During its investors call, Chief Financial Officer John Prosser cited a number of factors that contributed to the lower than expected margins in the 2nd quarter. These included competitive pressures on billing rates, and lower labor utilization caused by a high volume of new hires. At the same time, both Prosser and CEO Craig Martin pointed to positive forward indicators and growth prospects, including an 8% increase in Jacob’s contract backlog.

Martin acknowledged the increased competitiveness in the U.S. government sector as well as budget constraints, but stressed the strong position that Jacobs holds in the best funded areas of the government sector. “The national governments business, believe it or not, is actually improving from our perspective,” states Martin. “What’s happening in terms of the technical complexity of projects and this trend toward multi-award task order contracts, the so-called MATOCs, actually puts us in a position to expand our share of the market. We’re also very well positioned in the well-funded segments. Cyber security and IT, environmental management are all areas where we expect strong funding relative to the overall government markets going forward.”

The Company is particularly optimistic about upstream and downstream oil and gas markets that it serves, which make up approximately 28% of its revenue. The undeniable strength of these markets has likely insulated Jacobs from a more substantial hit to its stock value.

After the drop in its share price, Jacobs’ enterprise value-to-EBITDA ratio stood at 6.9x, somewhere in the middle of the range of the other publicly traded firms.

Organic growth and acquisitions drive Stantec forward
Stantec announced that its first quarter gross revenue increased by 7.4% to approximately $438 million USD. Its earnings also increased during the quarter, with EBITDA up 3% to approximately $47.3 million USD. Stantec’s share price has been on the rise since last September’s low of approximately $20/share. Following its earnings release, the firm’s shares were trading at approximately $30/share.

“We began 2012 on a positive note, and despite the continuing challenges of the business environment, we achieved a third consecutive quarter of organic growth” says Bob Gomes, Stantec president and chief executive officer.

Stantec’s organic growth has been augmented by a series of 15 or more acquisitions since the start of 2010, resulting in the addition of over 2,000 employees. These have ranged from small firms of 50 or fewer employees, to its 2010 acquisition of 600-person architecture firm Burt Hill. Just last month it announced the planned acquisitions of Baton Rouge-based ABMB Engineering, and Newfoundland-based architecture firm PHB Group.

Like the others, Stantec has seen its growth driven by the private sector. Gomes states, “Our results for Q1 12 were positively impacted by an increase in revenue due to organic growth in our Industrial and Urban Land practice areas, including strong activity in the mining and oil and gas sectors.”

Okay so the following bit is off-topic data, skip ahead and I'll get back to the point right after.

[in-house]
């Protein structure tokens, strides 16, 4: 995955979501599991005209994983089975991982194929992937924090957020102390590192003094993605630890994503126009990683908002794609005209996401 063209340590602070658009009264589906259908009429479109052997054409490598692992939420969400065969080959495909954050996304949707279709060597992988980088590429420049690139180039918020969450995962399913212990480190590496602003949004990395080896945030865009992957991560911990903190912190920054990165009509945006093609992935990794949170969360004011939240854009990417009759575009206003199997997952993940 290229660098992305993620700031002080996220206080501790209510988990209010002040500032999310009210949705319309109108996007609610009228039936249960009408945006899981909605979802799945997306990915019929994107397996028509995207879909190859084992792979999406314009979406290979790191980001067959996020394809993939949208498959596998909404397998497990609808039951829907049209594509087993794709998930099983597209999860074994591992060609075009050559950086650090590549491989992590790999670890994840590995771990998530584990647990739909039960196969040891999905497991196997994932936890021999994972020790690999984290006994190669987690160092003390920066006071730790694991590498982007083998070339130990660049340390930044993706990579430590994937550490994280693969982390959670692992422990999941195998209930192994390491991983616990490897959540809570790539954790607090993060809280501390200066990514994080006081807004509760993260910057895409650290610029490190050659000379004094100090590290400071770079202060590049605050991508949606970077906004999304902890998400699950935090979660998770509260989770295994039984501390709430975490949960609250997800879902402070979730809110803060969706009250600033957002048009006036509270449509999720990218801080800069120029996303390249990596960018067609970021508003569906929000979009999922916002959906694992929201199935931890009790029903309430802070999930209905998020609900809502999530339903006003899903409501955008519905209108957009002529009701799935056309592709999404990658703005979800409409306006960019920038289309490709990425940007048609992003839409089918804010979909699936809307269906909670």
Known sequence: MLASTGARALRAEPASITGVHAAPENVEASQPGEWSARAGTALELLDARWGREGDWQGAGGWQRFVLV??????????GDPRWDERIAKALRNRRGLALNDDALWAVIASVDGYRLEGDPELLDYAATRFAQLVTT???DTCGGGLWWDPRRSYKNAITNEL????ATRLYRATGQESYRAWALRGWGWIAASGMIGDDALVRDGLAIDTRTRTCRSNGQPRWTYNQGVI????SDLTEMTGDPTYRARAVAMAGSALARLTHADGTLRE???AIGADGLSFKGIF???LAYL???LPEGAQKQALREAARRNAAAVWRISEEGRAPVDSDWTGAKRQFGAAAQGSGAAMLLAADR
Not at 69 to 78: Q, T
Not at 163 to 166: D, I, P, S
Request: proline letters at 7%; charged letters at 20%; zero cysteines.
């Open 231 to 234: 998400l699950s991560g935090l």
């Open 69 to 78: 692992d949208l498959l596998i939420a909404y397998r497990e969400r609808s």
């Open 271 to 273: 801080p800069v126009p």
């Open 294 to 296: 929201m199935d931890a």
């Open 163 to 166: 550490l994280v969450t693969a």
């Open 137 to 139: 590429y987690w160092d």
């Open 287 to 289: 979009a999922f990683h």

The increase in Stantec’s share price over the last eight months brings its enterprise value-to-EBITDA ratio of approximately 8.0x.

URS expands its presence in North American oil & gas markets
URS reported this week that its gross revenue for the first quarter of 2012 increased approximately $40 million over the same period of 2011. Most of this increase went right to the bottom line, contributing to a $31.8 million increase in operating profit (a gain of 24%).

URS recently announced the acquisition of Flint Energy Services, a 10,000-person construction services firm serving oil & gas markets, including the Canadian oil sands. CEO Martin M. Koffel, stated: “We are looking forward to successfully completing our previously announced acquisition of Flint Energy Services, which will significantly expand our presence in the growing oil and gas sector, particularly in the North American unconventional oil and gas segments.”

The company reaffirmed its revenue and earnings guidance for 2012, indicating that revenue should be between $9.9 billion and $10.1 billion and net income should be between $292 and $300 million. These forecasts do not include growth in revenue and earnings resulting from the Flint Energy deal.

The company’s stock price has improved over the last six months, rebounding from a low of under $26/share in October of 2011 to its present level of approximately $40/share. However, this represents a relatively low enterprise value-to-EBITDA multiple of 5.2x based on the most recently reported 12 months earnings. The market may be taking a “wait and see” approach to the Flint Energy acquisition.

Conclusion
An interesting consensus appears to be emerging from these five players. Based on divisional performance trends and management’s commentary, it appears that public sector markets, particularly federal government markets may be beginning to wane, while certain segments of the private sector (oil & gas, manufacturing, industrial) are rebounding and are expected to drive growth for the remainder of 2012 and into 2013.

On the public sector side, those agencies with access to dedicated sources of funding are expected to continue to invest in capital improvements, while those dependent on state and/or federal funding will be most vulnerable to budget cuts and the present political stalemate. In balance, Wall Street seems to approve of the shift toward private-sector driven growth, with valuation multiples pointing to a continued recovery for the industry.